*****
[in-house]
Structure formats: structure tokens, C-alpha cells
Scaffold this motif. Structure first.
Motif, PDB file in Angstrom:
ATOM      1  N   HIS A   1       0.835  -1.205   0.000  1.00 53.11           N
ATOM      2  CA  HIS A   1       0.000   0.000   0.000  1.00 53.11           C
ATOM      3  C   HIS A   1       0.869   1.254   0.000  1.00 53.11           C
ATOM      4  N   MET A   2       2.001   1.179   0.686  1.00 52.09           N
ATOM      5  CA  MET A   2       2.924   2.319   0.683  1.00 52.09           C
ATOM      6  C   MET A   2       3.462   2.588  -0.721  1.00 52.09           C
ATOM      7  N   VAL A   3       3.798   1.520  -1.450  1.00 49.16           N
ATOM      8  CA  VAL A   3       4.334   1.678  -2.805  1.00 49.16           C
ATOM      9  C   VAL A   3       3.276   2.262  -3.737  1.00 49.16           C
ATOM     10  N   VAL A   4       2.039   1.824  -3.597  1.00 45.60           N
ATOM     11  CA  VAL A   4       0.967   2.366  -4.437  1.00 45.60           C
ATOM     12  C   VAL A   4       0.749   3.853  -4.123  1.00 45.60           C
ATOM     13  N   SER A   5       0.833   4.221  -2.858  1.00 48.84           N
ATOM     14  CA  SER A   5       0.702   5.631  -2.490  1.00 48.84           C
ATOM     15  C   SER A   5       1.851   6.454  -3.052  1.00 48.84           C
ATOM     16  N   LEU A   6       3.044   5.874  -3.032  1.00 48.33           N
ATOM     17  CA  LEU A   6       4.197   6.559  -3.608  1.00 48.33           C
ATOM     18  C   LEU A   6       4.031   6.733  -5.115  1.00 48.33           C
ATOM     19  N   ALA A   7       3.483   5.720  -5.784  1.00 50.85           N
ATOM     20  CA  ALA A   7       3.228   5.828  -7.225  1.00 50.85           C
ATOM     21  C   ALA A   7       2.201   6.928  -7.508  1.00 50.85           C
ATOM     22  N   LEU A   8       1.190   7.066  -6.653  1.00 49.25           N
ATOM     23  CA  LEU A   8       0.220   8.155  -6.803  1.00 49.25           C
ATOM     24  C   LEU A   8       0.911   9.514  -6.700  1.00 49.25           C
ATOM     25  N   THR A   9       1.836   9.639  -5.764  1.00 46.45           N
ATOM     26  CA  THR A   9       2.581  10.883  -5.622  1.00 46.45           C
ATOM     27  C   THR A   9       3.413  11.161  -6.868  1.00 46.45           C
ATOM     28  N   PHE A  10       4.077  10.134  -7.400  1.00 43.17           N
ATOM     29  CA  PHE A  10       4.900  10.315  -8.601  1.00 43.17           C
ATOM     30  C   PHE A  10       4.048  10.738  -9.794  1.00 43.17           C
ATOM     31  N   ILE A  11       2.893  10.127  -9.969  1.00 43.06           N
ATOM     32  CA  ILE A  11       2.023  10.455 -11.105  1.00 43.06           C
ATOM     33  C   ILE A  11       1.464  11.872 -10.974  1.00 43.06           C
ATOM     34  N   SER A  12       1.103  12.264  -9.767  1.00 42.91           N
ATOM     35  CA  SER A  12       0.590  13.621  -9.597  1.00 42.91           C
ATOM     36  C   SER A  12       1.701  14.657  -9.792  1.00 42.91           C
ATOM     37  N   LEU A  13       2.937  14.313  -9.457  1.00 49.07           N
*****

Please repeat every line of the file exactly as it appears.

[in-house]
Structure formats: structure tokens, C-alpha cells
Scaffold this motif. Structure first.
Motif, PDB file in Angstrom:
ATOM      1  N   HIS A   1       0.835  -1.205   0.000  1.00 53.11           N
ATOM      2  CA  HIS A   1       0.000   0.000   0.000  1.00 53.11           C
ATOM      3  C   HIS A   1       0.869   1.254   0.000  1.00 53.11           C
ATOM      4  N   MET A   2       2.001   1.179   0.686  1.00 52.09           N
ATOM      5  CA  MET A   2       2.924   2.319   0.683  1.00 52.09           C
ATOM      6  C   MET A   2       3.462   2.588  -0.721  1.00 52.09           C
ATOM      7  N   VAL A   3       3.798   1.520  -1.450  1.00 49.16           N
ATOM      8  CA  VAL A   3       4.334   1.678  -2.805  1.00 49.16           C
ATOM      9  C   VAL A   3       3.276   2.262  -3.737  1.00 49.16           C
ATOM     10  N   VAL A   4       2.039   1.824  -3.597  1.00 45.60           N
ATOM     11  CA  VAL A   4       0.967   2.366  -4.437  1.00 45.60           C
ATOM     12  C   VAL A   4       0.749   3.853  -4.123  1.00 45.60           C
ATOM     13  N   SER A   5       0.833   4.221  -2.858  1.00 48.84           N
ATOM     14  CA  SER A   5       0.702   5.631  -2.490  1.00 48.84           C
ATOM     15  C   SER A   5       1.851   6.454  -3.052  1.00 48.84           C
ATOM     16  N   LEU A   6       3.044   5.874  -3.032  1.00 48.33           N
ATOM     17  CA  LEU A   6       4.197   6.559  -3.608  1.00 48.33           C
ATOM     18  C   LEU A   6       4.031   6.733  -5.115  1.00 48.33           C
ATOM     19  N   ALA A   7       3.483   5.720  -5.784  1.00 50.85           N
ATOM     20  CA  ALA A   7       3.228   5.828  -7.225  1.00 50.85           C
ATOM     21  C   ALA A   7       2.201   6.928  -7.508  1.00 50.85           C
ATOM     22  N   LEU A   8       1.190   7.066  -6.653  1.00 49.25           N
ATOM     23  CA  LEU A   8       0.220   8.155  -6.803  1.00 49.25           C
ATOM     24  C   LEU A   8       0.911   9.514  -6.700  1.00 49.25           C
ATOM     25  N   THR A   9       1.836   9.639  -5.764  1.00 46.45           N
ATOM     26  CA  THR A   9       2.581  10.883  -5.622  1.00 46.45           C
ATOM     27  C   THR A   9       3.413  11.161  -6.868  1.00 46.45           C
ATOM     28  N   PHE A  10       4.077  10.134  -7.400  1.00 43.17           N
ATOM     29  CA  PHE A  10       4.900  10.315  -8.601  1.00 43.17           C
ATOM     30  C   PHE A  10       4.048  10.738  -9.794  1.00 43.17           C
ATOM     31  N   ILE A  11       2.893  10.127  -9.969  1.00 43.06           N
ATOM     32  CA  ILE A  11       2.023  10.455 -11.105  1.00 43.06           C
ATOM     33  C   ILE A  11       1.464  11.872 -10.974  1.00 43.06           C
ATOM     34  N   SER A  12       1.103  12.264  -9.767  1.00 42.91           N
ATOM     35  CA  SER A  12       0.590  13.621  -9.597  1.00 42.91           C
ATOM     36  C   SER A  12       1.701  14.657  -9.792  1.00 42.91           C
ATOM     37  N   LEU A  13       2.937  14.313  -9.457  1.00 49.07           N